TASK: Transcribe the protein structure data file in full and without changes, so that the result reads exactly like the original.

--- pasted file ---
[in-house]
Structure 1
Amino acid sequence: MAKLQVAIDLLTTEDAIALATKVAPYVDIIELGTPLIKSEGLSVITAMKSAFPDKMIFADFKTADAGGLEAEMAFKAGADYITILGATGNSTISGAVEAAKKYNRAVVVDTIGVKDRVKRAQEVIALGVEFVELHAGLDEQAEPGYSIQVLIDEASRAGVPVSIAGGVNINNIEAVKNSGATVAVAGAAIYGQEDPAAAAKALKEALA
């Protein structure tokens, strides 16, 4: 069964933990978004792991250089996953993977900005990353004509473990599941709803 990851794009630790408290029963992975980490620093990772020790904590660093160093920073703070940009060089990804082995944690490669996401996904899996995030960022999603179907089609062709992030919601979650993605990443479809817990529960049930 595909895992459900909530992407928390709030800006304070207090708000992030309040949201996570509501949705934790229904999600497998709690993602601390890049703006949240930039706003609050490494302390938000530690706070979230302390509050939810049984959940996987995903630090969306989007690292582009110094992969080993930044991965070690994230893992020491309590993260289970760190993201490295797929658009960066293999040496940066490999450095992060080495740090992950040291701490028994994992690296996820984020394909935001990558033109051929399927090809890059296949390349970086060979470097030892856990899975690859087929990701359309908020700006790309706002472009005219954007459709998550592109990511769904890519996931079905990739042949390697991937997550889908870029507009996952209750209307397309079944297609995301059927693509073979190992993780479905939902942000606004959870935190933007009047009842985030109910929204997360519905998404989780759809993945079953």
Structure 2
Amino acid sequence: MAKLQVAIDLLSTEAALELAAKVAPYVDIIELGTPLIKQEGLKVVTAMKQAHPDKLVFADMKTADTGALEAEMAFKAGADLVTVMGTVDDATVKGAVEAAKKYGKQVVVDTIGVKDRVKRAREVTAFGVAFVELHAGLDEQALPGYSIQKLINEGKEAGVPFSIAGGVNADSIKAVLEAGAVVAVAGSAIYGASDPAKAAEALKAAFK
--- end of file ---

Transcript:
[in-house]
Structure 1
Amino acid sequence: MAKLQVAIDLLTTEDAIALATKVAPYVDIIELGTPLIKSEGLSVITAMKSAFPDKMIFADFKTADAGGLEAEMAFKAGADYITILGATGNSTISGAVEAAKKYNRAVVVDTIGVKDRVKRAQEVIALGVEFVELHAGLDEQAEPGYSIQVLIDEASRAGVPVSIAGGVNINNIEAVKNSGATVAVAGAAIYGQEDPAAAAKALKEALA
């Protein structure tokens, strides 16, 4: 069964933990978004792991250089996953993977900005990353004509473990599941709803 990851794009630790408290029963992975980490620093990772020790904590660093160093920073703070940009060089990804082995944690490669996401996904899996995030960022999603179907089609062709992030919601979650993605990443479809817990529960049930 595909895992459900909530992407928390709030800006304070207090708000992030309040949201996570509501949705934790229904999600497998709690993602601390890049703006949240930039706003609050490494302390938000530690706070979230302390509050939810049984959940996987995903630090969306989007690292582009110094992969080993930044991965070690994230893992020491309590993260289970760190993201490295797929658009960066293999040496940066490999450095992060080495740090992950040291701490028994994992690296996820984020394909935001990558033109051929399927090809890059296949390349970086060979470097030892856990899975690859087929990701359309908020700006790309706002472009005219954007459709998550592109990511769904890519996931079905990739042949390697991937997550889908870029507009996952209750209307397309079944297609995301059927693509073979190992993780479905939902942000606004959870935190933007009047009842985030109910929204997360519905998404989780759809993945079953």
Structure 2
Amino acid sequence: MAKLQVAIDLLSTEAALELAAKVAPYVDIIELGTPLIKQEGLKVVTAMKQAHPDKLVFADMKTADTGALEAEMAFKAGADLVTVMGTVDDATVKGAVEAAKKYGKQVVVDTIGVKDRVKRAREVTAFGVAFVELHAGLDEQALPGYSIQKLINEGKEAGVPFSIAGGVNADSIKAVLEAGAVVAVAGSAIYGASDPAKAAEALKAAFK